• **suppress_duplicates <off|on|999> (default: off)

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  • reject <regexp pattern> (optional)

  • strip <count|regexp> (default: 0)

  • source_from_exchange <boolean> (default: False)

The attempts option indicates how many times to attempt downloading the data before giving up. The default of 3 should be appropriate in most cases.

The inflight option sets how to ignore files when they are being transferred or (in mid-flight betweeen two systems.) The value can be a file name suffix, which is appended to create a temporary name during the transfer. If inflight is set to ., then it is a prefix, to conform with the standard for "hidden" files on unix/linux. In either case, when the transfer is complete, the file is renamed to it's permanent name to allow further processing.

The inflight option can also be specified as a time interval, for example, 10 for 10 seconds. When set to a time interval, a reader of a file ensures that it waits until the file has not been modified in that interval. So a file woll not be processed until it has stayed the same for at least 10 seconds.

The batch option is used to indicate how many files should be transferred over a connection, before it is torn down, and re-established. On very low volume transfers, where timeouts can occur between transfers, this should be lowered to 1. For most usual situations the default is fine. for higher volume cases, one could raise it to reduce transfer overhead. It is only used for file transfer protocols, not HTTP ones at the moment.

The option directory defines where to put the files on your server. Combined with accept / reject options, the user can select the files of interest and their directories of residence. (see the mirror option for more directory settings).

The accept and reject options use regular expressions (regexp) to match URL. Theses options are processed sequentially. The URL of a file that matches a reject pattern is never downloaded. One that match an accept pattern is downloaded into the directory declared by the closest directory option above the matching accept option. accept_unmatch is used to decide what to do when no reject or accept clauses matched.

ex.   directory /mylocaldirectory/myradars
      accept    .*RADAR.*

      directory /mylocaldirectory/mygribs
      reject    .*Reg.*
      accept    .*GRIB.*

The mirror option can be used to mirror the tree of the files. If set to True the directory given by the directory option will be the basename of a tree. Accepted files under that directory will be placed under the subdirectory tree leaf where it resides under For example retrieving the following url, with options:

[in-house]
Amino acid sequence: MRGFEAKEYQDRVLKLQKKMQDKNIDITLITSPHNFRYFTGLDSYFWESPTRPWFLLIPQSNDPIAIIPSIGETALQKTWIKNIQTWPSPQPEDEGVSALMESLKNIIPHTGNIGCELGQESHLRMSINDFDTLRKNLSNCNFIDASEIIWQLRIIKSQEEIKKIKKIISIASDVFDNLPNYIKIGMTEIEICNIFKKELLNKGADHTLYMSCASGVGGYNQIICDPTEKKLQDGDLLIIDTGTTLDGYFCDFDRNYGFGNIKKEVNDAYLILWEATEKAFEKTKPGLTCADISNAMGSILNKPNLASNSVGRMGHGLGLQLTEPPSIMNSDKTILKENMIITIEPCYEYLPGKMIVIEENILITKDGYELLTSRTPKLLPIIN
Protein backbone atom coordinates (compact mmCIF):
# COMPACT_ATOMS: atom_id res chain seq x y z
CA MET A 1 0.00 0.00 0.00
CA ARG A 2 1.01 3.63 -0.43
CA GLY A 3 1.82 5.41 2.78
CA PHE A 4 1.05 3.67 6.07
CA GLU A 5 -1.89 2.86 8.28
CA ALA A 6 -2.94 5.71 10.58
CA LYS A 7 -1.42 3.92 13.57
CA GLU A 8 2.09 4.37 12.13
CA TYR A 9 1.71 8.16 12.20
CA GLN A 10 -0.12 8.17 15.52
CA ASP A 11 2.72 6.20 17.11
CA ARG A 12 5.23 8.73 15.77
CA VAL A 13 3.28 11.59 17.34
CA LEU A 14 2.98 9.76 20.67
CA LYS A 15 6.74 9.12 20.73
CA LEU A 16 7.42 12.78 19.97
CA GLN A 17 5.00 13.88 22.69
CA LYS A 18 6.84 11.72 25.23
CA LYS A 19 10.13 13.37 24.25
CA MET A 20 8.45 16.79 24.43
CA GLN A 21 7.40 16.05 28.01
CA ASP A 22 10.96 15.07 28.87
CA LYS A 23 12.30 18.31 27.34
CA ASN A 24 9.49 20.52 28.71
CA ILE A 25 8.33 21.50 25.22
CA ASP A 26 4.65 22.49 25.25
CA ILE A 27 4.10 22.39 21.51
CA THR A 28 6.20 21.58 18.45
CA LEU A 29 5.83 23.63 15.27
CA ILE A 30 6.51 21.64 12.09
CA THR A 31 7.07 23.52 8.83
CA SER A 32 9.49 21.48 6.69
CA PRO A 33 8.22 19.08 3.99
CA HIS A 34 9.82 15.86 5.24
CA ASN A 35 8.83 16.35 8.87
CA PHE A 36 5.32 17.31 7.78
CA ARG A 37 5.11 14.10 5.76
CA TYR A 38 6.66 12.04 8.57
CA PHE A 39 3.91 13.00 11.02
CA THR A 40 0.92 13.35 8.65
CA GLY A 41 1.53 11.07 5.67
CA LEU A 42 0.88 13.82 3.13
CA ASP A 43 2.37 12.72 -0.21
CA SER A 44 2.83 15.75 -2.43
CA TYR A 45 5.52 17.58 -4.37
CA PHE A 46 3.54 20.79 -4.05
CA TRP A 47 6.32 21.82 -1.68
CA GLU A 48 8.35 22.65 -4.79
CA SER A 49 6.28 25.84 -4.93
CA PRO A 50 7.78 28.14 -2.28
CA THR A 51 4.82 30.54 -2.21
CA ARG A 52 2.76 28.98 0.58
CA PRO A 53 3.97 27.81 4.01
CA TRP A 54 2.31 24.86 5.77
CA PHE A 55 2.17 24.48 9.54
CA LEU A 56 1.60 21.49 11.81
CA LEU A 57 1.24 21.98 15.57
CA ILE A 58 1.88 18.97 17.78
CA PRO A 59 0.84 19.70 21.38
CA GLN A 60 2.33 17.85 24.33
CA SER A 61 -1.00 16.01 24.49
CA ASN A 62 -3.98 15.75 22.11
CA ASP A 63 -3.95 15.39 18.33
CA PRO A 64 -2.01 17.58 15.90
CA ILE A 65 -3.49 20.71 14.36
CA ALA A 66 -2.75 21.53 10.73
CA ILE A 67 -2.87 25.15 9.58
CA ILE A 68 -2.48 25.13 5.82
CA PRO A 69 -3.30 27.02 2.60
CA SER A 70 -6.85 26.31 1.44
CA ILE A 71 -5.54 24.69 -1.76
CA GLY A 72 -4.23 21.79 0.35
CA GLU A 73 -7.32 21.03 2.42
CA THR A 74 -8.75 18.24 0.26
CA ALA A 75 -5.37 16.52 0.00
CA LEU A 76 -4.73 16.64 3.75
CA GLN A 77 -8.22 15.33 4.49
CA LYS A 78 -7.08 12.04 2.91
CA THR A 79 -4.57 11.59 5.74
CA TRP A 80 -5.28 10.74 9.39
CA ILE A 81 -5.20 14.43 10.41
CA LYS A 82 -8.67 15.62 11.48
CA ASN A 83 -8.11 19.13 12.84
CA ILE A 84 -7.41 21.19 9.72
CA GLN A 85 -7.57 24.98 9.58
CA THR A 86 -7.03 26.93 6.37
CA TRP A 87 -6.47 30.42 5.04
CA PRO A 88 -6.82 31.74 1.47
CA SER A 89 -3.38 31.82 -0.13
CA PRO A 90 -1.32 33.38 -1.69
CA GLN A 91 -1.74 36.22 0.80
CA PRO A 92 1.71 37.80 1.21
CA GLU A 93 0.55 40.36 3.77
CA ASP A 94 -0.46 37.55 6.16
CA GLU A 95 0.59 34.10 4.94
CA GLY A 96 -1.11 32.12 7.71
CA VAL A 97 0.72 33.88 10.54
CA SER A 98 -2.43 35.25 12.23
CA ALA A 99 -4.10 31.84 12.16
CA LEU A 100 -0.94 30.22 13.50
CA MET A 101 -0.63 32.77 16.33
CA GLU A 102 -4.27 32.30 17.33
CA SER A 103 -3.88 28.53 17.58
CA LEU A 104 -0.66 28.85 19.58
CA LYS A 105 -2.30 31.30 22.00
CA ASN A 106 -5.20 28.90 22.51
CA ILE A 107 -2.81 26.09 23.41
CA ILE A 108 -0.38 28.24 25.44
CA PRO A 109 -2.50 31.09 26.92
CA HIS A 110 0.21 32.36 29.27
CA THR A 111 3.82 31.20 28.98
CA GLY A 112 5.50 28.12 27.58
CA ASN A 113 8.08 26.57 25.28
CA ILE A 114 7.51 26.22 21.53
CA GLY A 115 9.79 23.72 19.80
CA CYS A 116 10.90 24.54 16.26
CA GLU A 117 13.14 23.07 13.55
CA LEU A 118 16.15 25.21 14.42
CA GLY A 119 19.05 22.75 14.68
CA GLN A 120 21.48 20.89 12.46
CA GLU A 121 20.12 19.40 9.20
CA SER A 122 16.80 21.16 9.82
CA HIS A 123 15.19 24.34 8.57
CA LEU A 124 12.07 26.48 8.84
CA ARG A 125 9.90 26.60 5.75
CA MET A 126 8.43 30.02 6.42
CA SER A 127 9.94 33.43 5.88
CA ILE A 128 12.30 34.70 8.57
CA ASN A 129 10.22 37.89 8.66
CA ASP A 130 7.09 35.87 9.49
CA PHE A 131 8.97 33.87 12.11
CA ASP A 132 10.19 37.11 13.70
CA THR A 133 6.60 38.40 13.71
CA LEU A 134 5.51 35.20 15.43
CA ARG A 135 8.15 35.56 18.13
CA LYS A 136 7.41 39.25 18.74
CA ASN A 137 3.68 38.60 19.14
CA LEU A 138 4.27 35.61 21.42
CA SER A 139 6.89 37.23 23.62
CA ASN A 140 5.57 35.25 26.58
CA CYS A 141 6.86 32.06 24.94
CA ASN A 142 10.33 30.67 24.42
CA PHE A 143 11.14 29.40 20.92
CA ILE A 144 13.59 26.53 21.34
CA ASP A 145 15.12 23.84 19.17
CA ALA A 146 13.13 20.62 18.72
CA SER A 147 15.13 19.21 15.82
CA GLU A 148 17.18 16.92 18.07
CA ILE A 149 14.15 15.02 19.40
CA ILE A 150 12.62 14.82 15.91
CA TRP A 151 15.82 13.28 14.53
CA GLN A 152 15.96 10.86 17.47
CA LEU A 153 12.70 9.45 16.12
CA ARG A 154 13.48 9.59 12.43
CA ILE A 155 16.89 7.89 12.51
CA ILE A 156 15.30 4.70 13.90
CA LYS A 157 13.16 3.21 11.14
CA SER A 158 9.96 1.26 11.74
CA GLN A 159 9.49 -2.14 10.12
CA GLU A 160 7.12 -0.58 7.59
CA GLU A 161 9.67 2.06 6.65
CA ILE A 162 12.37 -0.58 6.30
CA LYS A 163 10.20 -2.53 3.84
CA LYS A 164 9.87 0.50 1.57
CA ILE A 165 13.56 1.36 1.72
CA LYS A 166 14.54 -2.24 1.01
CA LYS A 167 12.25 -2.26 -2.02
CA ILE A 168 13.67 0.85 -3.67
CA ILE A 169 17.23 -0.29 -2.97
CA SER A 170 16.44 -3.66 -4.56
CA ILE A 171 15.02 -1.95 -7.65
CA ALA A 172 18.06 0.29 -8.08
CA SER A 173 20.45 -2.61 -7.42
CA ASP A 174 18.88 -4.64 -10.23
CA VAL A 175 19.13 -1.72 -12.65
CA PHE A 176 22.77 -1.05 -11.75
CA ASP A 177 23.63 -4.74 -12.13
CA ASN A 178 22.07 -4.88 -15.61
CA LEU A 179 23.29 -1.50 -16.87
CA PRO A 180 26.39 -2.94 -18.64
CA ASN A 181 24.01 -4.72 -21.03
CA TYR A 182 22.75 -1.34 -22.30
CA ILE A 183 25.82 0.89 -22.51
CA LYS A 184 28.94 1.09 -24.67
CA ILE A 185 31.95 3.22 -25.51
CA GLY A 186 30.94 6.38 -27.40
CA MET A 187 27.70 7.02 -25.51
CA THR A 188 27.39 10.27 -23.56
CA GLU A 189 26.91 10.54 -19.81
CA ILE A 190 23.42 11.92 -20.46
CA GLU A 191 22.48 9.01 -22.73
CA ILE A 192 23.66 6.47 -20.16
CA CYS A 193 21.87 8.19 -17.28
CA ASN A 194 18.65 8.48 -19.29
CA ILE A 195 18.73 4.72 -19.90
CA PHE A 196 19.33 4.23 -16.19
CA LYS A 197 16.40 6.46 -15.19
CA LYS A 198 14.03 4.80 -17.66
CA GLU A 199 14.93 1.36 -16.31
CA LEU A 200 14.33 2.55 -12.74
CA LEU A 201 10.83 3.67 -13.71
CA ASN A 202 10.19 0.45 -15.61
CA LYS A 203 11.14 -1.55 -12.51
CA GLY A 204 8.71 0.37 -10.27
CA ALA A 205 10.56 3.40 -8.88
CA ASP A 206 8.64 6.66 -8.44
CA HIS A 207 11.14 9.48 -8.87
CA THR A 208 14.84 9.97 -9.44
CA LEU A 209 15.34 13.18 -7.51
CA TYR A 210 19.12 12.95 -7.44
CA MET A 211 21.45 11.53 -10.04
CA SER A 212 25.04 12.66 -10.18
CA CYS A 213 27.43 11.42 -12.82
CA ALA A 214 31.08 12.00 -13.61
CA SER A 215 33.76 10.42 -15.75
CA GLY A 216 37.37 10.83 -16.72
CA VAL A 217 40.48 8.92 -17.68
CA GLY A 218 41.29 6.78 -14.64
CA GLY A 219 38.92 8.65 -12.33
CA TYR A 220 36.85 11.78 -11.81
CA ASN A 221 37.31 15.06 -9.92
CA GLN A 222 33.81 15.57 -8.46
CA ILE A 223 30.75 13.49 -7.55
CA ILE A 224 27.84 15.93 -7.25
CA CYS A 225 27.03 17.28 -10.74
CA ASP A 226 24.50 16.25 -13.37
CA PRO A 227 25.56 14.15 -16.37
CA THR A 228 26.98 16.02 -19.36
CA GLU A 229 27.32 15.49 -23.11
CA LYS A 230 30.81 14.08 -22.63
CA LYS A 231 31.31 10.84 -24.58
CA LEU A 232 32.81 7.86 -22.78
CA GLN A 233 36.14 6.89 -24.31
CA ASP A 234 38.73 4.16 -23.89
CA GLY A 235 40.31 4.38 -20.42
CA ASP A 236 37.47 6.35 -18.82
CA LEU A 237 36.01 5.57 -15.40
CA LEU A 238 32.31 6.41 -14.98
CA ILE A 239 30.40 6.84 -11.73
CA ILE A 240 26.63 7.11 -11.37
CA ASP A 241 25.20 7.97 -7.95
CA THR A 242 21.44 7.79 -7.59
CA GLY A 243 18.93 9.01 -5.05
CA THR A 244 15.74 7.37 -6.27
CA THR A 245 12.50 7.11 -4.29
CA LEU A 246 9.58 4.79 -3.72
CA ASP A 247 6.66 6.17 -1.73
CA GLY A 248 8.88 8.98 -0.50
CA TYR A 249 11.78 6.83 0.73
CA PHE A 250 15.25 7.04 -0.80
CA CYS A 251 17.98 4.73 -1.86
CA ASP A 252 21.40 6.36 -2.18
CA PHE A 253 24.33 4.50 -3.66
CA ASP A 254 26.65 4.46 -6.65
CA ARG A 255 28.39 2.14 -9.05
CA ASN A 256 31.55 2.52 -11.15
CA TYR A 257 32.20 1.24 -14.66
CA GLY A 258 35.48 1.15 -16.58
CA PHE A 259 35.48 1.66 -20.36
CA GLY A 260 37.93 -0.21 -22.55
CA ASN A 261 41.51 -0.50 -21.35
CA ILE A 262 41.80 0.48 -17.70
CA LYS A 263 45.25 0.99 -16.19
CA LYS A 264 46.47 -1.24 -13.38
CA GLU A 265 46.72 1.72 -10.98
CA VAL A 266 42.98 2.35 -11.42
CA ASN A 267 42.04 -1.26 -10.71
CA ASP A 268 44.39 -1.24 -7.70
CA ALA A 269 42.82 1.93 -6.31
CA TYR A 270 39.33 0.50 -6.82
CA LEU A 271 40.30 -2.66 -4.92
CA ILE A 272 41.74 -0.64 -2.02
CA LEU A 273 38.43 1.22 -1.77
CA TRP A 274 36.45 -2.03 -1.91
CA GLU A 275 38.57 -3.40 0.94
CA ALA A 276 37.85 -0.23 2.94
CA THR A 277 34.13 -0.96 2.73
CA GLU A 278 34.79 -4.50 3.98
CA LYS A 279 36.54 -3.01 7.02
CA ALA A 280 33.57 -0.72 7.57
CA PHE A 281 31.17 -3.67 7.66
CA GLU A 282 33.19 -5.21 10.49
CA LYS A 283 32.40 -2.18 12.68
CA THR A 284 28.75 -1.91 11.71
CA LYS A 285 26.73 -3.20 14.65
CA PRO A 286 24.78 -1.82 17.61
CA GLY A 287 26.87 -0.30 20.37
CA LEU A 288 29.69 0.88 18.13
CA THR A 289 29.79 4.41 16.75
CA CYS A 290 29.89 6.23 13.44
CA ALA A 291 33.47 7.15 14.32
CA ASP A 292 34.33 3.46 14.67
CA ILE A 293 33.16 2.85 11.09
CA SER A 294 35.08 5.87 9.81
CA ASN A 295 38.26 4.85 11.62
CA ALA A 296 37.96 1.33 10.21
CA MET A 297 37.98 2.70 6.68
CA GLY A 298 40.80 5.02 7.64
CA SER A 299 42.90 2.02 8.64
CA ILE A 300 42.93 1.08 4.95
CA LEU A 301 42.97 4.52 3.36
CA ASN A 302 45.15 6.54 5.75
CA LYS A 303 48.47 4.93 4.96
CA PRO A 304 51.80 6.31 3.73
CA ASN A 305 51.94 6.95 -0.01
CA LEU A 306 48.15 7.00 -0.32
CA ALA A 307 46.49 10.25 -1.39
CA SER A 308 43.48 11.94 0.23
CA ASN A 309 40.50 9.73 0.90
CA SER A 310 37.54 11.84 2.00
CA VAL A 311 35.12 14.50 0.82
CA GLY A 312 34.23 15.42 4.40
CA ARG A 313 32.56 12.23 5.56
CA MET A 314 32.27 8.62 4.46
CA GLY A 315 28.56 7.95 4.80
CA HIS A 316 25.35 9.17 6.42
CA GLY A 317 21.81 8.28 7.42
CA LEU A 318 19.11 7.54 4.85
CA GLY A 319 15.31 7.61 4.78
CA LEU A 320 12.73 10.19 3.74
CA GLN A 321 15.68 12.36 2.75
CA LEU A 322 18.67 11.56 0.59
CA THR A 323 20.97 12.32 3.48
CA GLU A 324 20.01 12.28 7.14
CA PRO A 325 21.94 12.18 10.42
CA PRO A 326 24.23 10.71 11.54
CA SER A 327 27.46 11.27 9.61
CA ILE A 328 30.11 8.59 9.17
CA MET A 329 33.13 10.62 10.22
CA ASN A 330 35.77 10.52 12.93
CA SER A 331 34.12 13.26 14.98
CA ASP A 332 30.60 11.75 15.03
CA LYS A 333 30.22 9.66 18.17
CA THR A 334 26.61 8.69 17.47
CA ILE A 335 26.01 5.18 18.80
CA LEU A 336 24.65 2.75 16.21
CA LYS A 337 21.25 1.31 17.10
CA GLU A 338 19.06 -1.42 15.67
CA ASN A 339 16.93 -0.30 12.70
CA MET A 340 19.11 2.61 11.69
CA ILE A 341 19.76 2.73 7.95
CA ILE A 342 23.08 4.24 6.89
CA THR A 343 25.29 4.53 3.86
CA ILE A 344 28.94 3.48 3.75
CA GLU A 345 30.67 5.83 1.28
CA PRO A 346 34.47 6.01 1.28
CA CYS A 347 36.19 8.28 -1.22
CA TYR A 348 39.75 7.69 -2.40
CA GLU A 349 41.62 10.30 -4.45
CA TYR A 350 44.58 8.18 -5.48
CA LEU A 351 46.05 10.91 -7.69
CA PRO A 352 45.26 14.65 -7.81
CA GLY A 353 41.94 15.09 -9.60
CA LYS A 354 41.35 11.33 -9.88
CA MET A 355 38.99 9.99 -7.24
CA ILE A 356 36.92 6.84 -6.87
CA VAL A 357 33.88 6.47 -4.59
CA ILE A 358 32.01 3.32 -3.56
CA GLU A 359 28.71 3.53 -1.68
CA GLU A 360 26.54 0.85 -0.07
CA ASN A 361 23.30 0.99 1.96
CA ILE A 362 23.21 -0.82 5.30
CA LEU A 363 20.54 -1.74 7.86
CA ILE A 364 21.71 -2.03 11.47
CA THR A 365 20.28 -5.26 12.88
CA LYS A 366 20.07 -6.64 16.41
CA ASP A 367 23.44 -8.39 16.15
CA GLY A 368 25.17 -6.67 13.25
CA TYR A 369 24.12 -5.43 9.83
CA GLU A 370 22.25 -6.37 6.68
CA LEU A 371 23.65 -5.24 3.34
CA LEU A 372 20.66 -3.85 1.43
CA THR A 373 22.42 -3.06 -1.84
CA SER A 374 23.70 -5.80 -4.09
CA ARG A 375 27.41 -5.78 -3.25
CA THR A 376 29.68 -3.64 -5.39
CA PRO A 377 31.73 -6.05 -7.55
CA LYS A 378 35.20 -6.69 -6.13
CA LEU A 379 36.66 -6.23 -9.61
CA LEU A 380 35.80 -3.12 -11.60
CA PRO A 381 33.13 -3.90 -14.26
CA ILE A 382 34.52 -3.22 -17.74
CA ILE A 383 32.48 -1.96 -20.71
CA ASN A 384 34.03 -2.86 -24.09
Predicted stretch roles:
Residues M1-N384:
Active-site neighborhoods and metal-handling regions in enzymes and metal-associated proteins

mirror    True
  directory /mylocaldirectory
  accept    .*RADAR.*

would result in the creation of the directories and the file /mylocaldirectory/radar/PRECIP/GIF/WGJ/201312141900_WGJ_PRECIP_SNOW.gif

You can modify the mirrored directoties with the option strip . If set to N (an integer) the first 'N' directories are withdrawn. For example

  mirror    True
  strip     3
  directory /mylocaldirectory
  accept    .*RADAR.*

would result in the creation of the directories and the file /mylocaldirectory/WGJ/201312141900_WGJ_PRECIP_SNOW.gif when a regexp is provide in place of a number, it indicates a pattern to be removed from the relative path. for example if:

strip  .*?GIF/

Will also result in the file being placed the same location.


with strip, use of ? modifier (to prevent greediness ) is often helpful. It ensures the shortest match is used.

For example, given a file name: radar/PRECIP/GIF/WGJ/201312141900_WGJ_PRECIP_SNOW.GIF The expression: .*?GIF matches: radar/PRECIP/GIF whereas the expression: .*GIF matches the entire name.

The flatten option is use to set a separator character. The default value ( '/' ) nullifies the effect of this option. This character replaces the '/' in the url directory and create a "flatten" filename form its path. For example retrieving the following url, with options:

  flatten   -
  directory /mylocaldirectory
  accept    .*model_gem_global.*

would result in the creation of the filepath


One can also specify variable substitutions to be performed on arguments to the directory option, with the use of ${..} notation:

SOURCE   - the amqp user that injected data (taken from the message.)
DR       - the document root
YYYYMMDD - the current daily timestamp.
HH       - the current hourly timestamp.
*var*    - any environment variable.

Refer to source_from_exchange for a common example of usage. Note that any sarracenia built-in value takes precedence over a variable of the same name in the environment.

document_root supplies the directory path that, when combined with the relative one in the selected notification gives the absolute path of the file to be sent. The defaults is None which means that the path in the notification is the absolute one.

cannot explain this... do not know what it is myself. This is taken from sender. in a subscriber, if it is set... will it download? or will it assume it is local? in a sender.

The overwrite option,if set to false, avoid unnecessary downloads under these conditions : 1- the file to be downloaded is already on the user's file system at the right place and 2- the checksum of the amqp message matched the one of the file. The default is True (overwrite without checking).

The discard option,if set to true, deletes the file once downloaded. This option can be usefull when debugging or testing a configuration.

The source_from_exchange option is mainly for use by administrators. If messages is received posted directly from a source, the exchange used is 'xs_<brokerSourceUsername>'. Such message be missing a source from_cluster headings, or a malicious user may set the values incorrectly. To protect against malicious settings, administrators should set the source_from_exchange option.

When the option is set, values in the message for the source and from_cluster headers will then be overridden. self.msg.headers['source'] = <brokerUser> self.msg.headers['from_cluster'] = cluster